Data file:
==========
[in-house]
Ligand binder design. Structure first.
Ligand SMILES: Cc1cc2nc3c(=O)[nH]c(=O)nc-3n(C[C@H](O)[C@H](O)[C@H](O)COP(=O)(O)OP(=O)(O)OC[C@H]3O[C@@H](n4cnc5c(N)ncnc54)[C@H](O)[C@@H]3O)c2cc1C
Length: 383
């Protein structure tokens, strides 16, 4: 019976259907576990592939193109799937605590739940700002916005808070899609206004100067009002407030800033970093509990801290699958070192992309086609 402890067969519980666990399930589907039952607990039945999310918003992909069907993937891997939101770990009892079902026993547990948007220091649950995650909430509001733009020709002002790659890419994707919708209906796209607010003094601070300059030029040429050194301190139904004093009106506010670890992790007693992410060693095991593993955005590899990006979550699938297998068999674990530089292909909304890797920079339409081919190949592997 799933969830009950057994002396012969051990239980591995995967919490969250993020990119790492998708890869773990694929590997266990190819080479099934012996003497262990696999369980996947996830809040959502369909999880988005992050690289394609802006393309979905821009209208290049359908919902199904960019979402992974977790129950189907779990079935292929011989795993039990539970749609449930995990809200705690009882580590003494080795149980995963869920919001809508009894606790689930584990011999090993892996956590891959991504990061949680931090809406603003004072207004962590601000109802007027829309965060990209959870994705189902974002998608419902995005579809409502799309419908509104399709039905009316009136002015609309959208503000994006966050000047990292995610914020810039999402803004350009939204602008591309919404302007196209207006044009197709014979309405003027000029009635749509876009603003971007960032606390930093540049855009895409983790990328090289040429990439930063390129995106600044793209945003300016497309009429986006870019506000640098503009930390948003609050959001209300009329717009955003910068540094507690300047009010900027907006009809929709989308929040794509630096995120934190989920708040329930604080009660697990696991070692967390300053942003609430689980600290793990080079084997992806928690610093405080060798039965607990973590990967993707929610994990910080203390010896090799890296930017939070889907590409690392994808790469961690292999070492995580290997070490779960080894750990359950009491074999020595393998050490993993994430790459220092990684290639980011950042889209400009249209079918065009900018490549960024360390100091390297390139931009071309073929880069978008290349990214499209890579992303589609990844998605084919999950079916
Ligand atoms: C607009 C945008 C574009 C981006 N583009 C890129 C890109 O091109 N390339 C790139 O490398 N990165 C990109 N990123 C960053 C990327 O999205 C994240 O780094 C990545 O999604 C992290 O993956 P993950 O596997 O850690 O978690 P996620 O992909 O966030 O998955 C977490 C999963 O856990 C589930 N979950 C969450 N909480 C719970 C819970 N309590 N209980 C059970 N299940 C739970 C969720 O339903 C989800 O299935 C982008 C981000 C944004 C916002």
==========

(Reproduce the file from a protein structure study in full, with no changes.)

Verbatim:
[in-house]
Ligand binder design. Structure first.
Ligand SMILES: Cc1cc2nc3c(=O)[nH]c(=O)nc-3n(C[C@H](O)[C@H](O)[C@H](O)COP(=O)(O)OP(=O)(O)OC[C@H]3O[C@@H](n4cnc5c(N)ncnc54)[C@H](O)[C@@H]3O)c2cc1C
Length: 383
């Protein structure tokens, strides 16, 4: 019976259907576990592939193109799937605590739940700002916005808070899609206004100067009002407030800033970093509990801290699958070192992309086609 402890067969519980666990399930589907039952607990039945999310918003992909069907993937891997939101770990009892079902026993547990948007220091649950995650909430509001733009020709002002790659890419994707919708209906796209607010003094601070300059030029040429050194301190139904004093009106506010670890992790007693992410060693095991593993955005590899990006979550699938297998068999674990530089292909909304890797920079339409081919190949592997 799933969830009950057994002396012969051990239980591995995967919490969250993020990119790492998708890869773990694929590997266990190819080479099934012996003497262990696999369980996947996830809040959502369909999880988005992050690289394609802006393309979905821009209208290049359908919902199904960019979402992974977790129950189907779990079935292929011989795993039990539970749609449930995990809200705690009882580590003494080795149980995963869920919001809508009894606790689930584990011999090993892996956590891959991504990061949680931090809406603003004072207004962590601000109802007027829309965060990209959870994705189902974002998608419902995005579809409502799309419908509104399709039905009316009136002015609309959208503000994006966050000047990292995610914020810039999402803004350009939204602008591309919404302007196209207006044009197709014979309405003027000029009635749509876009603003971007960032606390930093540049855009895409983790990328090289040429990439930063390129995106600044793209945003300016497309009429986006870019506000640098503009930390948003609050959001209300009329717009955003910068540094507690300047009010900027907006009809929709989308929040794509630096995120934190989920708040329930604080009660697990696991070692967390300053942003609430689980600290793990080079084997992806928690610093405080060798039965607990973590990967993707929610994990910080203390010896090799890296930017939070889907590409690392994808790469961690292999070492995580290997070490779960080894750990359950009491074999020595393998050490993993994430790459220092990684290639980011950042889209400009249209079918065009900018490549960024360390100091390297390139931009071309073929880069978008290349990214499209890579992303589609990844998605084919999950079916
Ligand atoms: C607009 C945008 C574009 C981006 N583009 C890129 C890109 O091109 N390339 C790139 O490398 N990165 C990109 N990123 C960053 C990327 O999205 C994240 O780094 C990545 O999604 C992290 O993956 P993950 O596997 O850690 O978690 P996620 O992909 O966030 O998955 C977490 C999963 O856990 C589930 N979950 C969450 N909480 C719970 C819970 N309590 N209980 C059970 N299940 C739970 C969720 O339903 C989800 O299935 C982008 C981000 C944004 C916002």